Marshall Conference on Sermon Studies / 2017 October 9
society, the legitimacy of those who occupy another’s place, and how a space functions once it is taken over. Additionally, “the indeterminate religious identities of Marlowe’s characters are further reflected by the shifting statuses of Malta’s houses, as physical place responds to the wider fluctuations within Malta’s communities” and as “Barabas’ first house . . .is transformed from Jewish family home to Catholic religious community” (Preedy 177). Also, the continued confiscations and conversions related to Barabas' house and his treasure attest to Marlowe’s astuteness in regard to Henry VIII’s desire to not only separate himself from the Church of Rome and dissolve the monasteries, but his willingness to confiscate and repurpose space at the expense of others.2 Finally, the transformation of Barabas’ house into a convent is not authentic. The guise of the convent paired with the corrupt nature of the space within produces a hybrid space that does not allow true religious transformation to occur. Likewise, this hybridity is an imitation of what was viewed on the theater stage as night after night, secular stage space was repurposed into convents, brothels and romantic gardens, oftentimes more than once within the same night. Post-Reformation plays challenged audiences’ preconceived notions about race, religion and politics (English Renaissance Drama 288), and made assumptions within the hybrid space of the theater that could not be made otherwise. And audiences, being well informed in regard to both Catholic and Protestant liturgy, were able to share in this experience.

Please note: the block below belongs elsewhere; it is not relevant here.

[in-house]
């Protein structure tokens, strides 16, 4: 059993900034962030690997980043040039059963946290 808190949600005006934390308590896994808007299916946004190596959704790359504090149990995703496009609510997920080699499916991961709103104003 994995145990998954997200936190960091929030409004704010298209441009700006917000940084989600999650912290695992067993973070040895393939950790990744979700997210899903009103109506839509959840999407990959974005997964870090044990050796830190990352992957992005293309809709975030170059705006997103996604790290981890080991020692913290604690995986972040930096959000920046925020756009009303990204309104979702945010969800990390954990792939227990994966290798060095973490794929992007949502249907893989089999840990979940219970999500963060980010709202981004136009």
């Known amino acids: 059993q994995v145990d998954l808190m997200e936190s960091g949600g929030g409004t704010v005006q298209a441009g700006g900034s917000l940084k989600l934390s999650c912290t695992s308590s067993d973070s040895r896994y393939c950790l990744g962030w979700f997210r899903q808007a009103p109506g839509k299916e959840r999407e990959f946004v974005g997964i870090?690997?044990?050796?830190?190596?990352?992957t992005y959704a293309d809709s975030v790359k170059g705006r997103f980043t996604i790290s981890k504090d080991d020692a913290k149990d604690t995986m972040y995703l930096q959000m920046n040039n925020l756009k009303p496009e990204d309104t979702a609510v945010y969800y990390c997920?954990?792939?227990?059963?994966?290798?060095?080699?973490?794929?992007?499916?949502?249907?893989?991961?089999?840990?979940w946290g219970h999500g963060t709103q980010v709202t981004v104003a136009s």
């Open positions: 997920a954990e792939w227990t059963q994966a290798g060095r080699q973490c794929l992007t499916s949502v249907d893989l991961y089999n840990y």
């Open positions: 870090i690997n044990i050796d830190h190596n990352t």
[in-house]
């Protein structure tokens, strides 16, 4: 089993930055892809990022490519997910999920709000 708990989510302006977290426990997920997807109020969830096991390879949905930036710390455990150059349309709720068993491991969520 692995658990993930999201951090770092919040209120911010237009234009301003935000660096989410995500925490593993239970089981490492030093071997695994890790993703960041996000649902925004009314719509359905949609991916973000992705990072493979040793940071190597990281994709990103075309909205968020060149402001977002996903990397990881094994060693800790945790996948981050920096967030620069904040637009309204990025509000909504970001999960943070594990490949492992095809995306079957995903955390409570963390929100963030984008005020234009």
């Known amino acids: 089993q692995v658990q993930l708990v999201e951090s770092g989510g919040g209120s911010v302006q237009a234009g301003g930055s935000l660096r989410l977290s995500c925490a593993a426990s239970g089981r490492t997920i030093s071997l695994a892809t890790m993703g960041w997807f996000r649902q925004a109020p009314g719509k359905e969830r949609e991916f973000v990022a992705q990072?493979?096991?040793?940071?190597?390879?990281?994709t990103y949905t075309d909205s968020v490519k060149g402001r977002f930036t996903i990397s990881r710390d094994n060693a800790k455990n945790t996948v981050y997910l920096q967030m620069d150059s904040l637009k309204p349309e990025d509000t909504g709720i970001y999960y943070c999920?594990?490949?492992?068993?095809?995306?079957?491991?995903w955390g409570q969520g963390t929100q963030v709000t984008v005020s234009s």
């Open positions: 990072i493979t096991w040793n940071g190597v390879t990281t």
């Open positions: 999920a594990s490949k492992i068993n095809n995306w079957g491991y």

See John Stowe's Stowe's A Survey of London for the names and locations of converted convents in England.